Hypnotherapy, including eye movement desensitization and reprocessing. This can help people who suffer from phobias, anxiety and panic disorders. Be sure to read the article about hypnosis, also featured this month as part of our exploration of alternative medicine.

Spiritual/pastoral counseling
For so many people, counseling that’s compatible with their spiritual beliefs can be especially meaningful. They results they get form counseling from a rabbi, minister, pastor or priest may be as helpful as counseling from a mental health professional would be.

Don’t ever underestimate the benefits a spiritual practice can have on depression. For example, a study in the British Medical Journal indicated that reciting a prayer from the rosary or reciting a yoga mantra (each six times per minute) caused “favorable psychological and possibly physiological effects.”

Diet and nutrition therapy
Many holistic physicians and nutritionists believe that diet can have an impact on depression. People absorb and metabolize nutrients differently, the theory goes, so cookie-cutter diets don’t necessarily work for everyone. Health practitioners who use nutrition as a treatment for depression suggest herbal remedies, foods rich in omega-3 and omega-6 fatty acids, B-complex vitamins, riboflavin, magnesium and thiamine.

Regular exercise can boost mental outlook for many people who suffer from depression. An article in The Physician and Sports Medicine suggests that exercise can have a positive influence on the metabolism of chemicals in the brain, such as serotonin, that affect depression. It can also provide a sense of self-mastery and “therapeutic distraction.”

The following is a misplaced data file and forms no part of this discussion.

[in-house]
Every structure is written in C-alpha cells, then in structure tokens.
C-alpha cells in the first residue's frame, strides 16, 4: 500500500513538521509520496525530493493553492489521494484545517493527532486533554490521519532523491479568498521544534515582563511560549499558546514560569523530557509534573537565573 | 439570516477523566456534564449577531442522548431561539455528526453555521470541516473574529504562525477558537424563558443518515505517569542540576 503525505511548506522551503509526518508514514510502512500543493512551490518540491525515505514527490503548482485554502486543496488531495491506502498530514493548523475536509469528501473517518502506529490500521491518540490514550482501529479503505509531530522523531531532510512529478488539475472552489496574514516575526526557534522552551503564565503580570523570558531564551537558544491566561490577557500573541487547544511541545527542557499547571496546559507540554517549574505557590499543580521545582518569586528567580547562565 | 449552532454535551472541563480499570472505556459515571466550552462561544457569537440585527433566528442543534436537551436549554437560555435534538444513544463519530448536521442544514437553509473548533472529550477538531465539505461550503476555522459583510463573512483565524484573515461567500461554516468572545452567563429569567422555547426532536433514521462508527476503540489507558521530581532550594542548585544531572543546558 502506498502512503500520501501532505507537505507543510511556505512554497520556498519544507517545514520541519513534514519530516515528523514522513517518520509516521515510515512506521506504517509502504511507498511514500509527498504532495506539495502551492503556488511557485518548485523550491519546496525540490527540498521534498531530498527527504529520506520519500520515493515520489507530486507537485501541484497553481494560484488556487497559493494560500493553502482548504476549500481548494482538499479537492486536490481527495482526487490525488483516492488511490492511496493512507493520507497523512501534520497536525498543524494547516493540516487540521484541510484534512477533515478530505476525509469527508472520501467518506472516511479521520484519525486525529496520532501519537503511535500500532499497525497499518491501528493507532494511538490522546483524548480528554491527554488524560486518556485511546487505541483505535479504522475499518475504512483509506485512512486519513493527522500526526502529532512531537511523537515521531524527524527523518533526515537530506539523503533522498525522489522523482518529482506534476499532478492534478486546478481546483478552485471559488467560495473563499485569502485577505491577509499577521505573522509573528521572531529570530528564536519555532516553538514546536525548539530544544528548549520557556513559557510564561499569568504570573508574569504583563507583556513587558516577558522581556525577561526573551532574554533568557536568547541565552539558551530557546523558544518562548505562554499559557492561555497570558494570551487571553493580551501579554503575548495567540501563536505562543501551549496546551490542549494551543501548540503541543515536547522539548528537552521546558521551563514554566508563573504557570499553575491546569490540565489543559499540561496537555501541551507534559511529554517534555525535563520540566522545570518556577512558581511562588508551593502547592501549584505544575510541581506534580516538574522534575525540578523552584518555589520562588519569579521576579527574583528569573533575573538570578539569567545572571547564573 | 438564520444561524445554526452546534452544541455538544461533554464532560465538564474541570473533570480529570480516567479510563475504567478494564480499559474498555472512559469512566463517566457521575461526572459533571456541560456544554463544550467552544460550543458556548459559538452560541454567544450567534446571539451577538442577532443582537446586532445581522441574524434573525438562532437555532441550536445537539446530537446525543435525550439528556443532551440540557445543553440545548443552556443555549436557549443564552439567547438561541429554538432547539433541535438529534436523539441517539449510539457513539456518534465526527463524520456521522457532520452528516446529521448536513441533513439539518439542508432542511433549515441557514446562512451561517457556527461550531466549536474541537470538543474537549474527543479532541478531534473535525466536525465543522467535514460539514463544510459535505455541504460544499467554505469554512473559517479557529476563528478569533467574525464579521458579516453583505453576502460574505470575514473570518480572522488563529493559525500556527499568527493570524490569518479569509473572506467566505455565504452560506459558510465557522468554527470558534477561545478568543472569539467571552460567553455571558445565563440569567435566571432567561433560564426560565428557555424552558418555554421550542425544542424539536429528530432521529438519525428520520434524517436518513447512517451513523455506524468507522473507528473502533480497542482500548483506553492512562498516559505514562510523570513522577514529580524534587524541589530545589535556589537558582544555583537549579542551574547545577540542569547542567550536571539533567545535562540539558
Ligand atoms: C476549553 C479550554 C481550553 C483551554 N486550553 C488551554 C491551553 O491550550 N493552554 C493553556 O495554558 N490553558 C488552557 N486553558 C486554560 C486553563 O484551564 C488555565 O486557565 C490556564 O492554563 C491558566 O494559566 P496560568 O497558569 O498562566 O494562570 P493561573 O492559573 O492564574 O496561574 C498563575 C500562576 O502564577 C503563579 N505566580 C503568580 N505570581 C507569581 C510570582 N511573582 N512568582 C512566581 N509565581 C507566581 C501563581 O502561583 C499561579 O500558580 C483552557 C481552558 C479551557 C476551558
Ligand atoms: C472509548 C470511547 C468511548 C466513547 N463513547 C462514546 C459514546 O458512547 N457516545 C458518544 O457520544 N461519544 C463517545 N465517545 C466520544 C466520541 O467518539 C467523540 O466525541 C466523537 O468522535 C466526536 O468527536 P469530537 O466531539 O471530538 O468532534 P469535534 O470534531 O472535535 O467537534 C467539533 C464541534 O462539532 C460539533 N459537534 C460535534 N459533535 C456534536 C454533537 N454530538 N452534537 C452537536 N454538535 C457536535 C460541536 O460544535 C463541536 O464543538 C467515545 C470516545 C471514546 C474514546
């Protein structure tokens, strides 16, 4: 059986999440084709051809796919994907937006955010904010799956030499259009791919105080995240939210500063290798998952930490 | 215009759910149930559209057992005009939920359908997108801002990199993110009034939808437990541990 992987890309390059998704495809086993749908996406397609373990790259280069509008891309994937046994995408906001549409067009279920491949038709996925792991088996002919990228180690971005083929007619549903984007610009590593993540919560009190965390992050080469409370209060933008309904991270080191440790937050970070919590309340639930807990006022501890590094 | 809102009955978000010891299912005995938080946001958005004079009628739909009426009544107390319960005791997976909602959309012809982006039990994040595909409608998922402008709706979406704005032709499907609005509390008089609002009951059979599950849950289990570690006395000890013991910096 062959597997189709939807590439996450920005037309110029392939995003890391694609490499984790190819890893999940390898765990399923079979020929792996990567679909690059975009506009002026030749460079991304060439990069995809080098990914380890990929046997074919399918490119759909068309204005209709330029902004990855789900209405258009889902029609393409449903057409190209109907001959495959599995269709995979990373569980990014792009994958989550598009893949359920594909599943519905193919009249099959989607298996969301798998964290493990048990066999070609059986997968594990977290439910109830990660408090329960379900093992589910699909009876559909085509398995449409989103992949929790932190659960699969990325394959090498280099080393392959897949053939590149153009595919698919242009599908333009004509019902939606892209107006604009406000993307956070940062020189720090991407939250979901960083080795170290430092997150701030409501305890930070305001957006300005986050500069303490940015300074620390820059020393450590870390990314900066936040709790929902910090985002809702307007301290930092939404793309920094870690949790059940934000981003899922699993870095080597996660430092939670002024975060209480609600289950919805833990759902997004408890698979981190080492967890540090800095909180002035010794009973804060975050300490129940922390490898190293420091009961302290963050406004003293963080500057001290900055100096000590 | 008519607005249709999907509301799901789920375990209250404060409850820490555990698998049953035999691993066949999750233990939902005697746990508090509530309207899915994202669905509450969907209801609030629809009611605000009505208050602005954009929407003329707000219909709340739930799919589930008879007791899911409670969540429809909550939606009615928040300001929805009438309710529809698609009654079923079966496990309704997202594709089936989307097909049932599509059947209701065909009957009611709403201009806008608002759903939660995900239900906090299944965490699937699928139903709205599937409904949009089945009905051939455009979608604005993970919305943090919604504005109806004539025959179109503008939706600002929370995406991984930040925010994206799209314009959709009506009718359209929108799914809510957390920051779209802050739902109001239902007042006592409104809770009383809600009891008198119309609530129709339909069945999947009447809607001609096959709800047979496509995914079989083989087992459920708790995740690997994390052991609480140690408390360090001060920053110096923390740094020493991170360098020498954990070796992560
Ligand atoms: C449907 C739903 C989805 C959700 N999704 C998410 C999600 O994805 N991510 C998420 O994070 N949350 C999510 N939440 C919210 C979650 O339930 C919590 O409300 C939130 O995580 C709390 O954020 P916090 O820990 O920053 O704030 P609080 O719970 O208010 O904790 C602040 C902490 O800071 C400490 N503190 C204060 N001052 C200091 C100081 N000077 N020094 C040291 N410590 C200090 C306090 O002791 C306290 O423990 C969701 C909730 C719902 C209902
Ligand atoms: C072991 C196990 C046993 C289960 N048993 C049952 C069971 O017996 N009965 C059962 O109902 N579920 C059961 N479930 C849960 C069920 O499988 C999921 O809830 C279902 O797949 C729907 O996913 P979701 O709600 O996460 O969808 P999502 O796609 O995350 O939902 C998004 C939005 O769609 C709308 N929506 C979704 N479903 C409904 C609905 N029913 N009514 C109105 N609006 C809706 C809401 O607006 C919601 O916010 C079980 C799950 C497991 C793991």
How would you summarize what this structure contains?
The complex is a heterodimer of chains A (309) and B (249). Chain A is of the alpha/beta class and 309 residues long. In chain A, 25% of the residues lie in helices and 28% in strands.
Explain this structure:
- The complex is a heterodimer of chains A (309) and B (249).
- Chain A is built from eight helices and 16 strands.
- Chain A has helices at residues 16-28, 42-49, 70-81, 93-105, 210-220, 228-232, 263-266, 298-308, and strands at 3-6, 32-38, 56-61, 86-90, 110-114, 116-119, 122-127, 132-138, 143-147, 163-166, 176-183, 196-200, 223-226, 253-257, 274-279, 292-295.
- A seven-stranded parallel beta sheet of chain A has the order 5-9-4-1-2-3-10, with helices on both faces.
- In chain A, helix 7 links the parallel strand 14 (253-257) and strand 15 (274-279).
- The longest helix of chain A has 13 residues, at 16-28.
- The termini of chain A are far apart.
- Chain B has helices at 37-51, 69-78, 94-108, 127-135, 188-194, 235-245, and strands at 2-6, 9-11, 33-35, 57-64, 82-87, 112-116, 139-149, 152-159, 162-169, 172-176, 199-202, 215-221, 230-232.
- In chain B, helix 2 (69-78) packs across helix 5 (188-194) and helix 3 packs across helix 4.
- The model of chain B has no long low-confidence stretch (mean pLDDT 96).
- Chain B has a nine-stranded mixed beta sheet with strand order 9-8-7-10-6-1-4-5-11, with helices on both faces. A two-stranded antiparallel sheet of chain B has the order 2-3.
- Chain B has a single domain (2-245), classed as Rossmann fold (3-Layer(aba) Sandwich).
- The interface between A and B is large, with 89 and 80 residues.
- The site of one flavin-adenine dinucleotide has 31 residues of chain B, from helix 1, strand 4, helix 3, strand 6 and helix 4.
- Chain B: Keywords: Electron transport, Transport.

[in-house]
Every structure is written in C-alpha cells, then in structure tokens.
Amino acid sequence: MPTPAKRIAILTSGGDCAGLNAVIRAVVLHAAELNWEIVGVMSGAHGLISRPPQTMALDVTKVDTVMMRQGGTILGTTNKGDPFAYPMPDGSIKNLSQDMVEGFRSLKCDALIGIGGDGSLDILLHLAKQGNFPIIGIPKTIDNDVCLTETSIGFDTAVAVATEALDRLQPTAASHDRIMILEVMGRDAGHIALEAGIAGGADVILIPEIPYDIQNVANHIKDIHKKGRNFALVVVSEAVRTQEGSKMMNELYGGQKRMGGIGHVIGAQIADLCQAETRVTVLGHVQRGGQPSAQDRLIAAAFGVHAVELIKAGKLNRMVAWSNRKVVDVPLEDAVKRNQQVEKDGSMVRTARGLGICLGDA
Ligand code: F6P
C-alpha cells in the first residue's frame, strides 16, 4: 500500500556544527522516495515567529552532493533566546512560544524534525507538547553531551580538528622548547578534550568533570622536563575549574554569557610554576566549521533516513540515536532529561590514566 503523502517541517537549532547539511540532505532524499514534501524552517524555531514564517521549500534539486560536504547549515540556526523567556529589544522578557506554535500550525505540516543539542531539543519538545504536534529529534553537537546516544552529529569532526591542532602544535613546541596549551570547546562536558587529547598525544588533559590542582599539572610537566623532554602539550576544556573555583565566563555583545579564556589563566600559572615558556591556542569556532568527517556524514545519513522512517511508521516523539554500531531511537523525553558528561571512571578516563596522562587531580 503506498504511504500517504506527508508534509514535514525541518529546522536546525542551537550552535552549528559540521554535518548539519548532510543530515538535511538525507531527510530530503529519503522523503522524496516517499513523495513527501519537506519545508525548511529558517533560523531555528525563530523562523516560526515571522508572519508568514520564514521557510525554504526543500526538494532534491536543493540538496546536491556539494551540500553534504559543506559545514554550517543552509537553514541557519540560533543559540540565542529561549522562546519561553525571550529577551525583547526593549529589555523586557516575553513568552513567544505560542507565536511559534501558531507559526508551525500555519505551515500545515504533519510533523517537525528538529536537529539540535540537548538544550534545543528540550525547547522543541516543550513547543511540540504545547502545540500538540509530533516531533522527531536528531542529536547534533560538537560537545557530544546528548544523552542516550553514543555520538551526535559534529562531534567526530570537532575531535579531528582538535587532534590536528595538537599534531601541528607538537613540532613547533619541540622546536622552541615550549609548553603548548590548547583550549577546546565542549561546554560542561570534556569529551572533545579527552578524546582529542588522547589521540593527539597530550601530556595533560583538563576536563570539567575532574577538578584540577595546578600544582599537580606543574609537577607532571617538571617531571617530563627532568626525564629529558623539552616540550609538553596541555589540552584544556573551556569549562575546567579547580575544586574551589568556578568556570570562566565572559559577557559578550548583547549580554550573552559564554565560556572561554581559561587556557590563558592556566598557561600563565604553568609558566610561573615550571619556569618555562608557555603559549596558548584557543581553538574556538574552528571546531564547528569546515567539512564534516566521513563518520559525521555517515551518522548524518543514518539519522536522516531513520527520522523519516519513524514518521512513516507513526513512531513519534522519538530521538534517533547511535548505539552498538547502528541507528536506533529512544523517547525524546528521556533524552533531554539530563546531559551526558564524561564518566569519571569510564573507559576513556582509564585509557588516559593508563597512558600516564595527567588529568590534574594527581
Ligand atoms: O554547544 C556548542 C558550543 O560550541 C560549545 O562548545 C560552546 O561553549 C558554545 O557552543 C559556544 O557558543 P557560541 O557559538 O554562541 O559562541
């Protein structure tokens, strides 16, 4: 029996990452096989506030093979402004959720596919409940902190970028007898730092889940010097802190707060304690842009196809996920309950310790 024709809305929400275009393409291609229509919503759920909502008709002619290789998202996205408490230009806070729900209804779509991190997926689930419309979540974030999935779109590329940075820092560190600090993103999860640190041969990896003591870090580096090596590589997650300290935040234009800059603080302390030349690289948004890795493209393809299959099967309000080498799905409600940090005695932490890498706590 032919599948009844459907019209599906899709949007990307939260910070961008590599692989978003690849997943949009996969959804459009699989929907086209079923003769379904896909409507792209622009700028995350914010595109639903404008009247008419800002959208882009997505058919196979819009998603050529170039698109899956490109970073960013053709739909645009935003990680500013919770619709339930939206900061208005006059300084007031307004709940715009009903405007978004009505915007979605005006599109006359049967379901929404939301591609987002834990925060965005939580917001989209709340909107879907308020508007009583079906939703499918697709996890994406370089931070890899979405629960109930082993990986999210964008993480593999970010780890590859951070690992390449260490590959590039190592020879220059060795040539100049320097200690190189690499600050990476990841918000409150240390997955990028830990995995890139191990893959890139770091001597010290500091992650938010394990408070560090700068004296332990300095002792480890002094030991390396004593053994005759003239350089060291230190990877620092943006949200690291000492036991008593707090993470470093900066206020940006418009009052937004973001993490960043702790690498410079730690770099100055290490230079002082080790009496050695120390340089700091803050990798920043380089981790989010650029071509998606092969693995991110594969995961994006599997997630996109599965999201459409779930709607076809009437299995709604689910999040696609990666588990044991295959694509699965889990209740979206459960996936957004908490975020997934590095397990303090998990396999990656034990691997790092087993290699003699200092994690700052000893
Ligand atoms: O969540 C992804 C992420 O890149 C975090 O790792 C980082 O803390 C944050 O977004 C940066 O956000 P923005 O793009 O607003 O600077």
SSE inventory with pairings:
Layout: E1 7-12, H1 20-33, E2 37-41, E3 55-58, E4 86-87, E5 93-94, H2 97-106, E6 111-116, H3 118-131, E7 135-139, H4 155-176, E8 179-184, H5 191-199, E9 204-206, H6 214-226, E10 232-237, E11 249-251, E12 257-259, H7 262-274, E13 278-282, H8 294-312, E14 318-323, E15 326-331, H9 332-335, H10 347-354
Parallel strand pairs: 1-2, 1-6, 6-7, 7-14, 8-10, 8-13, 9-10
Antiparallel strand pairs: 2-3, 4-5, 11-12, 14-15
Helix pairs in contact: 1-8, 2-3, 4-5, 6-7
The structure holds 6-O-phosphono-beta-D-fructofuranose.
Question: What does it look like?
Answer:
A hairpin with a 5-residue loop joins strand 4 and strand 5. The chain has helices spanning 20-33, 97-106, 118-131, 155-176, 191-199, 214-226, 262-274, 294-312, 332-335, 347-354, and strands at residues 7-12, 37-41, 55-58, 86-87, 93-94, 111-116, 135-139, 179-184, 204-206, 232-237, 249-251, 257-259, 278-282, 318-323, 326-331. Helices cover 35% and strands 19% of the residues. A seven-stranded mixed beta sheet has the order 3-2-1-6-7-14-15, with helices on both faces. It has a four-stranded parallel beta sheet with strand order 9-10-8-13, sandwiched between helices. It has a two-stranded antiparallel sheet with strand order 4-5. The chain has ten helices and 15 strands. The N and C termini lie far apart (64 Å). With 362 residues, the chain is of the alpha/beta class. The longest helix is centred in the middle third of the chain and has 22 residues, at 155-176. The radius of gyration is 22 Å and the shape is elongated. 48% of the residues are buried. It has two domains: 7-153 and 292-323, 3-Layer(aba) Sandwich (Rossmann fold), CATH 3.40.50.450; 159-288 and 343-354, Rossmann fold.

The writer Andrew Solomon, who has suffered from debilitating depression at different times in his life, writes in The Noonday Demon, his acclaimed book about depression, “A really serious workout is just about the most disgusting idea I can imagine when I’m depressed, and it’s no fun doing it, but afterward I always feel a thousand times better.” He also explains that exercise can help anxiety as well, because it uses up nervous energy and “helps to contain irrational fear.”

What about St. John’s wort?
Many Americans have tried St. John’s wort for their symptoms of depression. Small studies in Europe have shown that St. John’s wort may be helpful, but until now, the herb hasn’t been tested in any large-scale clinical trials. In April, the Journal of the American Medical Association published a large-scale study showing that St. John’s wort was no more effective than placebo (sugar pill) in treating the symptoms of depression. The National Institutes of Health sponsored the study, and now it’s planning to investigate the effectiveness of St. John’s wort in treating milder depression symptoms.

If you’ve been interested in trying St. John’s wort, be sure to talk with your doctor before you start taking it. Studies have shown that St. John’s wort can interfere with many other medications.

Something for almost everyone
For anyone who experiences symptoms of depression, panic or anxiety, it’s a good idea to try supplementing your existing treatment with some of the therapies we’ve talked about here. Talk with your doctor or healthcare provider for advice if you’re not sure where to begin. Or talk with friends or co-workers who have tried some complementary medical treatments. Pursue activities and treatments that appeal to you, and stick with them for a while for the best results.

British Medical Journal, December 2001; Journal of the American Medical Association, 10 April 2002; The National Center for Complementary and Alternative Medicine; A. Solomon, The Noonday Demon. Scribner, 2001. The Physician and Sports Medicine, October 1998;